Shanghai Disneyland tests 33K, closes 2 days over 1 contact

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TAIPEI, Taiwan (AP) — Fireworks boomed as the visitors at Shanghai Disneyland waited for their COVID-19 test results, surrounded by healthcare workers dressed from head to toe in the white protective suits.

Shanghai Disneyland suddenly announced Sunday evening that they were no longer accepting any visitors and they were cooperating with an epidemiological investigation from another province. They then locked down the park, as Shanghai city healthcare workers and police rushed to the scene to conduct a mass testing.

The park is shut for Monday and Tuesday as they continue to cooperate with the pandemic prevention efforts, Shanghai Disneyland said in a notice on Monday.

The park’s sudden lockdown and temporary closure underscored just how serious China is about enforcing its zero-tolerance pandemic prevention strategy.

Globally, many countries have turned to living with the virus, whether out of choice or necessity, although as virus surges come and go, many face overburdened healthcare systems, and excess deaths.

In China, which has kept its borders sealed since March 2020, the policy response has been to cut the chain of transmission of the virus as quickly as possible. With a strict quarantine on arrival policy, the authorities have aimed to stamp out each local outbreak to zero — helping China keep its reported totals to relatively lows of 4,636 deaths out of 97,243 cases since the pandemic began.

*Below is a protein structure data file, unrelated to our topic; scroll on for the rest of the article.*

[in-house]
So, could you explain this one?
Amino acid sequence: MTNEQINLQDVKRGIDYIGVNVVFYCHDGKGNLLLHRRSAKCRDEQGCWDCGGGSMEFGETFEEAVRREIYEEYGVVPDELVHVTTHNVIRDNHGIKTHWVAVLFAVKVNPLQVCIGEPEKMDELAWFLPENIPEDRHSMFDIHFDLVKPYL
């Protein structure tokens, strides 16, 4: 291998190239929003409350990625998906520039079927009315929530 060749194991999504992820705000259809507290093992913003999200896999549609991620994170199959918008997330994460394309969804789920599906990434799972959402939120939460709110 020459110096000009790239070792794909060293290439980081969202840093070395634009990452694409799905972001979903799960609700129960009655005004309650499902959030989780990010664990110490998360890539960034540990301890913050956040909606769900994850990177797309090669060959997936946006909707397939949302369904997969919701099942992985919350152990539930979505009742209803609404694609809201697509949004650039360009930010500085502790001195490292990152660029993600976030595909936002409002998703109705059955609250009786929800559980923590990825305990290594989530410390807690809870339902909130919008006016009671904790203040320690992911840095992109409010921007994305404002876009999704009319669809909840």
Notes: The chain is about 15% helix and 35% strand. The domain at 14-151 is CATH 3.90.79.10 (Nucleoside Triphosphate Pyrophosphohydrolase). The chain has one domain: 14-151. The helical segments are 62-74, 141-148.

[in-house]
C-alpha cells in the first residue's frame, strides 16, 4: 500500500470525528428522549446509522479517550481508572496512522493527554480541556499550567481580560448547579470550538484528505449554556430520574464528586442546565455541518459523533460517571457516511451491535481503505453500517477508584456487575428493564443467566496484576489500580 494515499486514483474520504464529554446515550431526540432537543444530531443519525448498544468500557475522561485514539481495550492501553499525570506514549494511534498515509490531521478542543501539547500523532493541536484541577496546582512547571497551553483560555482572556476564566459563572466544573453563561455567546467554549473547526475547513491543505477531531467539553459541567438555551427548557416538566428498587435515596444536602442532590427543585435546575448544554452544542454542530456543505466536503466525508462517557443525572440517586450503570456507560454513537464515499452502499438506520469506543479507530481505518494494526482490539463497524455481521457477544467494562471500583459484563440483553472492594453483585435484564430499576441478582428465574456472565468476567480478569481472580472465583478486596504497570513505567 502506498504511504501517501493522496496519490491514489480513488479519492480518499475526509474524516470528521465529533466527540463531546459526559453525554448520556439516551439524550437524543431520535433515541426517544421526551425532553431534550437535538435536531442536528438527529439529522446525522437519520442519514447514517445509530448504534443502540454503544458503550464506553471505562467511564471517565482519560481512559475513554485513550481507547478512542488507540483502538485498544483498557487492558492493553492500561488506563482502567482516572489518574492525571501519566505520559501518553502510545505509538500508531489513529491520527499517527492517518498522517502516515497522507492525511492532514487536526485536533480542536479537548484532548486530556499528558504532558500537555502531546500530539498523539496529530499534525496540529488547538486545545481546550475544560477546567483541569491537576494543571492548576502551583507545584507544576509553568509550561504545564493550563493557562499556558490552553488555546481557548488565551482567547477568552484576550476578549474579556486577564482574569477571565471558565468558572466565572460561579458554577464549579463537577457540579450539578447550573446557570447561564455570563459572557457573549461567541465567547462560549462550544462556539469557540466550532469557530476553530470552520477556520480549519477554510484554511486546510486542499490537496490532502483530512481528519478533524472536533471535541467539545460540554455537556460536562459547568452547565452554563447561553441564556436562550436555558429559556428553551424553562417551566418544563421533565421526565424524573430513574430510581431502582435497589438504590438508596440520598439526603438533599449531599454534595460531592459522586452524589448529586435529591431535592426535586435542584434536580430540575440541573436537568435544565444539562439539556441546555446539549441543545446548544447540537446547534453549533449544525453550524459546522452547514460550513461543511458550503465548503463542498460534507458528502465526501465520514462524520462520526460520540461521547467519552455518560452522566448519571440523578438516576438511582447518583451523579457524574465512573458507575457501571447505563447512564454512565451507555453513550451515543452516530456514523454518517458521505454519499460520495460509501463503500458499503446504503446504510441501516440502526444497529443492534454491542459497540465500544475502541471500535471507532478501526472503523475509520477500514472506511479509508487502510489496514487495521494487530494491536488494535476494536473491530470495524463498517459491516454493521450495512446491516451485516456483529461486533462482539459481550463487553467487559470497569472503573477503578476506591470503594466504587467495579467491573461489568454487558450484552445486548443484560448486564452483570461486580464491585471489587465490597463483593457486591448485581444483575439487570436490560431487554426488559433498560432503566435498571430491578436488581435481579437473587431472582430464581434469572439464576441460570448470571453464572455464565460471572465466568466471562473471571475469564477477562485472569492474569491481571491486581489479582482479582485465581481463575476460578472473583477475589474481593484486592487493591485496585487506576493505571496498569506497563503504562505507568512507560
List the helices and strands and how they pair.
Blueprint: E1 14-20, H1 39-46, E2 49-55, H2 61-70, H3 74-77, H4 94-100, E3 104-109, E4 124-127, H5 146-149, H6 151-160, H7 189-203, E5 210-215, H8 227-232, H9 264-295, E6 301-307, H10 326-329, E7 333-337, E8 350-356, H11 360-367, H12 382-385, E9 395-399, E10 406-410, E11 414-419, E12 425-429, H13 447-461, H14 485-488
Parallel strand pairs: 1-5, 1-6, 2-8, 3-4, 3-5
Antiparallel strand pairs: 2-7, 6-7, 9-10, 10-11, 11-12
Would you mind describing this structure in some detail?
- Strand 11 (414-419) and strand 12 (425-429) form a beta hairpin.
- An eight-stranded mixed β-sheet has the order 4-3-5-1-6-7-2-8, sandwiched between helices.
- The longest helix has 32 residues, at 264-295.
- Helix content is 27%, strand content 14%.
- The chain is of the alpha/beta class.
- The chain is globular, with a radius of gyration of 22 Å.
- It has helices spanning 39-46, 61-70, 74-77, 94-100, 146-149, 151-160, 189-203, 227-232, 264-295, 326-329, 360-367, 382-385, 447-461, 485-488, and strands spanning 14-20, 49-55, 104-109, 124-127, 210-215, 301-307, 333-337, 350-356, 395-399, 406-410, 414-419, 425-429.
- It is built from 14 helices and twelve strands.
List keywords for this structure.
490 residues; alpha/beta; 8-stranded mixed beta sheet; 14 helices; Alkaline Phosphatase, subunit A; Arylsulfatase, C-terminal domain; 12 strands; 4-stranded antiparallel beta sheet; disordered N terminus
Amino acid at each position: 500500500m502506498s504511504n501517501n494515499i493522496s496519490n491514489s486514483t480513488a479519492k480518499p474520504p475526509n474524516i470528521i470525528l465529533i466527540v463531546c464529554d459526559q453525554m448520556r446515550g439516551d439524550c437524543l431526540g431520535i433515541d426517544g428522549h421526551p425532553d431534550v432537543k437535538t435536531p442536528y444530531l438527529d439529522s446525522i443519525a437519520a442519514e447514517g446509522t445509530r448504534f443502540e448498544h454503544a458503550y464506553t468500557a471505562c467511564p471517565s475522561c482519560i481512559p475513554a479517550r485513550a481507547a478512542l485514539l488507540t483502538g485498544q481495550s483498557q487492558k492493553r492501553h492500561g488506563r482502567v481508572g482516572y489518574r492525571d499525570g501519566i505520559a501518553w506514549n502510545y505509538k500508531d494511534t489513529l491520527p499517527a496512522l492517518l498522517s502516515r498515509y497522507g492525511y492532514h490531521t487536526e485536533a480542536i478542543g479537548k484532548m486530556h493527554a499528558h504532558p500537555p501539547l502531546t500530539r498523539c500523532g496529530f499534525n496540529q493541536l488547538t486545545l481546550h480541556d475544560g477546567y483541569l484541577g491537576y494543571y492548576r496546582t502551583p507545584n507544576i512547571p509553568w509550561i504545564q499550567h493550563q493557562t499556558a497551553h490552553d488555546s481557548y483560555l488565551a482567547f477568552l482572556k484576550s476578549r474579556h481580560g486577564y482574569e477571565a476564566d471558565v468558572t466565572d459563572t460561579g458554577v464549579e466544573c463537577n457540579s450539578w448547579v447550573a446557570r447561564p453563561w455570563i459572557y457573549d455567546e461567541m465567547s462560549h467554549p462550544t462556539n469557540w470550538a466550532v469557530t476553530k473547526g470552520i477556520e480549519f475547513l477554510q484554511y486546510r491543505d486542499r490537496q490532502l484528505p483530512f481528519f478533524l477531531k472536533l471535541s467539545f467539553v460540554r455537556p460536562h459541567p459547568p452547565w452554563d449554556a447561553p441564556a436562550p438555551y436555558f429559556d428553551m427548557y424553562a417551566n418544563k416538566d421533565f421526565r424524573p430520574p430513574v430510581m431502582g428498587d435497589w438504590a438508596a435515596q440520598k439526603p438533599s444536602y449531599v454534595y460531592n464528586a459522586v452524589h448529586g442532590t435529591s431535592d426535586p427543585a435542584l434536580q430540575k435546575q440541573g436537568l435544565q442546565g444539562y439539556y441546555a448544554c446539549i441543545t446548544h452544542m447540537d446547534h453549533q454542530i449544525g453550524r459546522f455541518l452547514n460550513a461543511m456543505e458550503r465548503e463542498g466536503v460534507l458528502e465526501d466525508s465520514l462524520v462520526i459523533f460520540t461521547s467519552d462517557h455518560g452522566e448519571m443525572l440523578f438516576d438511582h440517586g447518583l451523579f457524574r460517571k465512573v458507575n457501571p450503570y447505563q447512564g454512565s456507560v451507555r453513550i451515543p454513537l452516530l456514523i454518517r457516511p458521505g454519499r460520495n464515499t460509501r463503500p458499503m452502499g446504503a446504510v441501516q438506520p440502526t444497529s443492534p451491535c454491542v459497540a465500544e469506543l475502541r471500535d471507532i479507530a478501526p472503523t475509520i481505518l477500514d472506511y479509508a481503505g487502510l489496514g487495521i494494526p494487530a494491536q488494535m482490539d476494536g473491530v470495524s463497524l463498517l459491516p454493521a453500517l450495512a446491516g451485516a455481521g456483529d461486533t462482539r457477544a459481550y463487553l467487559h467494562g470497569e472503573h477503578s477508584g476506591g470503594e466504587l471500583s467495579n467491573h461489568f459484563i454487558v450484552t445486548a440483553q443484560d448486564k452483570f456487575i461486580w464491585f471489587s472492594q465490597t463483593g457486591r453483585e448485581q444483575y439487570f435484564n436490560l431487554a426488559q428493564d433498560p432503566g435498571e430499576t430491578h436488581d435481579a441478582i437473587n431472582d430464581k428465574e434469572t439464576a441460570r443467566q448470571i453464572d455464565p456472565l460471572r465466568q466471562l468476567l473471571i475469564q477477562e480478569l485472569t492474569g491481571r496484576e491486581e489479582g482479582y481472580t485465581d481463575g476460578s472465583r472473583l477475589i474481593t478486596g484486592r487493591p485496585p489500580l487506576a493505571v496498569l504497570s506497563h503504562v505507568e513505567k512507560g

The case that prompted Disneyland’s actions involved one individual whose illness was discovered in the nearby city of Hangzhou and had visited the theme park on Saturday, local media reported.

For hours on Sunday night, tens of thousands of families and visitors were stuck in the theme park, as they waited for a negative test result that would allow them to leave.

One Disney superfan, who gave her last name as Chen, said that she was inside the park when she heard the announcement to get tested at 5 p.m., but had taken it all in stride.

“No one complained, and everyone behaved really well,” she said. Chen said she holds an annual membership and visits the park at least once a month. She is waiting at a hotel for her second COVID test result before she is allowed to leave and go back to Beijing.

The city announced Monday morning that all 33,863 people who had been at the park over the weekend had tested negative for COVID-19. They will be asked to get tested again in the next two weeks and monitor their health.

Shanghai Disneyland is just the latest example of how far Chinese authorities will go to stop the spread of the virus.

Last Thursday, Beijing Railway authorities notified health authorities in Jinan to stop a train that was traveling from Shanghai to Beijing because one passenger was a close contact of someone who had tested positive for COVID-19.

Jinan health authorities then sent health care workers, transportation workers and police rushing to the station to quarantine the passengers and disinfect the train. They sent 212 people into centralized quarantine, including the close contact.

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